Failure to comply with this range will inevitably cause problems. This includes issues such as the shrinkage of the wood which occurs due to the heating system operated during the winter. The creation of cracks also occurs due to this, which are larger in flooring consisting of wide planks. Flooring made from types of wood with lower dimensional stability also have this occur. Whilst during the Summer period, there is an apparent problem of swelling, with formation of undulations in the surface, or even raised, detached sections.
Since the temperature and humidity at which wood is stable is also the optimal conditions for human comfort, there is no better remedy than to take care to humidify rooms. What will be crucial is to specifically differentiate the humidity in rooms during the summer and winter period. During the winter period, it is recommended to humidify rooms, whilst removing humidity in the summer-time.
To limit the formation of fissures of the parquet it is advisable to avoid covering the floors with carpets or other finishing materials. The timber floor can be laid on the heated screed using the glued or floating method.
floors can be laid using the glued or floating method.
In addition to parameters specific for the type of laying technique and to parameters relevant to the surface condition, there are others which should not be underestimated so as not to compromise the final condition of the parquet.
Grinding, generalized consolidation and surface proofing are not usually allowed in heated screeds. It is always advisable to apply a suitable primer to improve bonding of adhesives used.
The surface temperature of the screed from the moment of laying the screed must be approximately 15-20°C with a relative air moisture content lower than 60%.
After the process of laying the floor the temperature must be approximately 15-20°C with a relative air moisture content lower than 60%.
To lay with glue, the sub-floor must have the requirements as specified in the chapter regarding sub-floors. Once checked that all parameters have been met, proceed as follows:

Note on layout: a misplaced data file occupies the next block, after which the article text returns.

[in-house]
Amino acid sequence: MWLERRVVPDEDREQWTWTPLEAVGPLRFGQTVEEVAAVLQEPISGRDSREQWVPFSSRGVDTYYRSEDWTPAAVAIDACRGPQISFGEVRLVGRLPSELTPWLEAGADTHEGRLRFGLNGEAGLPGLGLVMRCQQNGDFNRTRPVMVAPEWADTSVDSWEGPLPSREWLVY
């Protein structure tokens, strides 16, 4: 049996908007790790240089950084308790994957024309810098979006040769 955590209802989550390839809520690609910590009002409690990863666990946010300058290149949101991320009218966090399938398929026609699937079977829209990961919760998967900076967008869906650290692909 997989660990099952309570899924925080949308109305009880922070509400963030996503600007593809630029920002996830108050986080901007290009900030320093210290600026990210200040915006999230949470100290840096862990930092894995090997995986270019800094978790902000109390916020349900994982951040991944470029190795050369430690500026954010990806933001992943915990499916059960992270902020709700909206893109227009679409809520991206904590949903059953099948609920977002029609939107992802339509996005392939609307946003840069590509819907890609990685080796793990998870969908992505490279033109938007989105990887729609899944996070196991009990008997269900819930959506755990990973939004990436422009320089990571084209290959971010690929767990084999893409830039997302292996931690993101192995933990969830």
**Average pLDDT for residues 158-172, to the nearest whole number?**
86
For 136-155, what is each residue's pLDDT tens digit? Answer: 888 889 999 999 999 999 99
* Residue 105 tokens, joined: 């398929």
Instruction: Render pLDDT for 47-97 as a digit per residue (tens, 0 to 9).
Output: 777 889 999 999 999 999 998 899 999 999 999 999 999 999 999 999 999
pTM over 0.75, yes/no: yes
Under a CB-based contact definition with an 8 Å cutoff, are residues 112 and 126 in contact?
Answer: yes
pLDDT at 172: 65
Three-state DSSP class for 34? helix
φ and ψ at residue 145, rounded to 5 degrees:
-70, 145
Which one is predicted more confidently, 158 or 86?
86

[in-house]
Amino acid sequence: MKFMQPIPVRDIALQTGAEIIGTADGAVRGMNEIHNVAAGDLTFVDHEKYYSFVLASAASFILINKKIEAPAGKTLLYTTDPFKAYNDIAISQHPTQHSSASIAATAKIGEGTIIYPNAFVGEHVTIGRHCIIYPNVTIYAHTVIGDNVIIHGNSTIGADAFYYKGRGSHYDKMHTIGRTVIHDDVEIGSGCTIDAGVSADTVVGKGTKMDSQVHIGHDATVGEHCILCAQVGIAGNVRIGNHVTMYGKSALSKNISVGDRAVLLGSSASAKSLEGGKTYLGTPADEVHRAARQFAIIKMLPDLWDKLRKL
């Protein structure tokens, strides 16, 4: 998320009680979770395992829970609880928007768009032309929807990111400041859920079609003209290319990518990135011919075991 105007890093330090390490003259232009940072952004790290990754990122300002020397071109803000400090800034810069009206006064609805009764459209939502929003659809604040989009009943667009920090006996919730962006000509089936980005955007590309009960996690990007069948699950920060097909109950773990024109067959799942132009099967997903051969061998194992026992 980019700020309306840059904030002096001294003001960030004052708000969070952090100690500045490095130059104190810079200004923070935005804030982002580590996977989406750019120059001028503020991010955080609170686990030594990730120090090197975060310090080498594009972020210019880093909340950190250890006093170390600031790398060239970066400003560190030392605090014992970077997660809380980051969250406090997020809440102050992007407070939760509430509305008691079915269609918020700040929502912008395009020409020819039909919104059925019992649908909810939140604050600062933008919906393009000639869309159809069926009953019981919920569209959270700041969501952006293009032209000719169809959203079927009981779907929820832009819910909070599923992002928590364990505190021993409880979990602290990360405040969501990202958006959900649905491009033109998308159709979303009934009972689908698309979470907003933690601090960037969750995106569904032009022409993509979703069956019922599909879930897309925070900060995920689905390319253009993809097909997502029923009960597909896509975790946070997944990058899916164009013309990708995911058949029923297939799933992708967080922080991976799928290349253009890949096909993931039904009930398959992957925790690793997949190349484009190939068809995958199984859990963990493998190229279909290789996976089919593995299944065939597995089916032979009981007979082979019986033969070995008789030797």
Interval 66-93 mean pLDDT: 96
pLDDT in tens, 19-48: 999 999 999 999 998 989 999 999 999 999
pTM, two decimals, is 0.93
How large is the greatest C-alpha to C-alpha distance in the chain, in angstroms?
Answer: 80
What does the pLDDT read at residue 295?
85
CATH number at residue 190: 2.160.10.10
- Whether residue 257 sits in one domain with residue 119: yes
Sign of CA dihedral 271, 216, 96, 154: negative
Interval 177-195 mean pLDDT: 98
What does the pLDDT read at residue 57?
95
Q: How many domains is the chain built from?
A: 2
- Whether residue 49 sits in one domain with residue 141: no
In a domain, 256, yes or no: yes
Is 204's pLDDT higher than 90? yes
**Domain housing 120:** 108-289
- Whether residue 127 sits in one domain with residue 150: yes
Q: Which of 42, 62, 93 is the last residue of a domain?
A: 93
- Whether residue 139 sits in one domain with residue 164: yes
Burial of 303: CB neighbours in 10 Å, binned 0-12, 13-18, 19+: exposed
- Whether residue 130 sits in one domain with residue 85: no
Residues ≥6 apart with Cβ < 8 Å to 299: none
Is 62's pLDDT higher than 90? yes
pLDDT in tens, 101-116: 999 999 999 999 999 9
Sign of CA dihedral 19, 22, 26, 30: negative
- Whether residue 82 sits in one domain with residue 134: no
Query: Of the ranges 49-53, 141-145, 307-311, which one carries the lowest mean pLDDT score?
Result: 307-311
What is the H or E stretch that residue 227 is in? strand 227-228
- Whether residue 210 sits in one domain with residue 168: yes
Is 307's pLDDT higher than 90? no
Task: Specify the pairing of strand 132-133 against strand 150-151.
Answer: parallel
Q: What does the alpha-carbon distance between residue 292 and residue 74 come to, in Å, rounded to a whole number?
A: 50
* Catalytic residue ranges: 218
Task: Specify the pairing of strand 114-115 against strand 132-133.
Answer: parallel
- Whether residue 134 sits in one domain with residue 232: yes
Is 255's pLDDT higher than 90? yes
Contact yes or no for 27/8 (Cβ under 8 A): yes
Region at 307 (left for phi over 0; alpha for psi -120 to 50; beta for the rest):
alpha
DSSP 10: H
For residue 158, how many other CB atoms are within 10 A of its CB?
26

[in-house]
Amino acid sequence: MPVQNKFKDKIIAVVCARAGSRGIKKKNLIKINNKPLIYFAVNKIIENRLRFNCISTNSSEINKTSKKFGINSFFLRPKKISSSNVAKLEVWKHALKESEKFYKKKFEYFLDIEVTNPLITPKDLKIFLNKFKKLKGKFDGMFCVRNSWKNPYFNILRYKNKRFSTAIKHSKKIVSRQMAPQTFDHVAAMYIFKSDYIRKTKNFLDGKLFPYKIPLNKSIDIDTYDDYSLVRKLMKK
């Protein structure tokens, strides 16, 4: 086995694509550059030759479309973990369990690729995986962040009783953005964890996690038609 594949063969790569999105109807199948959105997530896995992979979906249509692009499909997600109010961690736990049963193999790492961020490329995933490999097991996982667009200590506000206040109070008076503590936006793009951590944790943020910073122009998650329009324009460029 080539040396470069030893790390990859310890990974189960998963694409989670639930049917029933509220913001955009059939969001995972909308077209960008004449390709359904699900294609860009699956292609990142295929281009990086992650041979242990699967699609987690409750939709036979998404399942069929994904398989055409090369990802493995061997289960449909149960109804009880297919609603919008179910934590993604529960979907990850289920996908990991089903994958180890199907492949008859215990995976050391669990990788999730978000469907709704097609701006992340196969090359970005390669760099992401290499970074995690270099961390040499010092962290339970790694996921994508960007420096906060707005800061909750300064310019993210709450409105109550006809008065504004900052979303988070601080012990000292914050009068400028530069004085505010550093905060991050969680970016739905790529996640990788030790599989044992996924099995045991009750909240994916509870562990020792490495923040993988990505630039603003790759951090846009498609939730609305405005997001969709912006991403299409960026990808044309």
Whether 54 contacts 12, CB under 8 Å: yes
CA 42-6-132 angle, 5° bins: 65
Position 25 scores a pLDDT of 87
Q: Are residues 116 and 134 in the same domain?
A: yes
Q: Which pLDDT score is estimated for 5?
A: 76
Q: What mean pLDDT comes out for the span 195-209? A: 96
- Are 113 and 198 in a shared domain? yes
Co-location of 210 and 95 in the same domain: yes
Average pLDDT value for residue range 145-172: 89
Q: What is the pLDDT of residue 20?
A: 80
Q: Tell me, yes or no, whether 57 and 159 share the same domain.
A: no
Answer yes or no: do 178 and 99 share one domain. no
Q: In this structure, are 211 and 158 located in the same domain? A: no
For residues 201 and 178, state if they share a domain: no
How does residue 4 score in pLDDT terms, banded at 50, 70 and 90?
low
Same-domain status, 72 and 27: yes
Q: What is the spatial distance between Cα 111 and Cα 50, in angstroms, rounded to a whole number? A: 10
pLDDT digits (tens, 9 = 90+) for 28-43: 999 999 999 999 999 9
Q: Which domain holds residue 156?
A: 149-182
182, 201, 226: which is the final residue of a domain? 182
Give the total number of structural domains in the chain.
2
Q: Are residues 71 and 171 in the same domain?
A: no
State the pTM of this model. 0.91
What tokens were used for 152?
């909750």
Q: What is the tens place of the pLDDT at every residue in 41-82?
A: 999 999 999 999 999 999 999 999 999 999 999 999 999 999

The floating method is carried out like on a non-heated screed. The thermal resistance held by the layer of acoustic insulation (approx. 2.5mm) of compressible material which should be laid under the floor finish should be considered when assessing the overall thermal resistance.
Any screed able to resist the static and dynamic loads required for the floor, is suitable for laying the floating parquet. The floating parquet is always laid on a vapor membrane (or barrier if necessary). It can also be laid on a layer of acoustic insulation which is often composed of an underlay which is often composed of an underlay made from compressible material. Another alternative to flooring parquet is felt, which best works with a thickness of approximately 2.5mm thick.
During laying the membrane or vapour barrier, the parquet flooring should be turned up on the walls behind the skirting board. When doing so, it is important to leave a distance from the walls proportional to the dimension of the floor.
Generally, a perimeter gap of approx. 1 mm is recommended for a pavement of 4×4 m approx. For larger sizes however, the perimeter gap must be proportionate. In any case, for gaps greater than 1 cm transversely with respect to the wooden element, an expansion joint is necessary. Around the columns or other element projecting from the screed, a gap of approx. 1 cm is recommended. In respect of ramps and joints with other floors suitable expansion joints with joint cover profiles should be used.
Once the floor is installed you may wish to protect your floor while other works are continuing. It is important to allow the wood floor to breath. Thus protect with building paper and then with hardboard using gaffer tape to join the hardboard. We do not recommend Corex. Do not turn on the underfloor heating during this time to avoid moisture becoming trapped between the wood floor and floor protection.
View our wood flooring products for details on product specifications.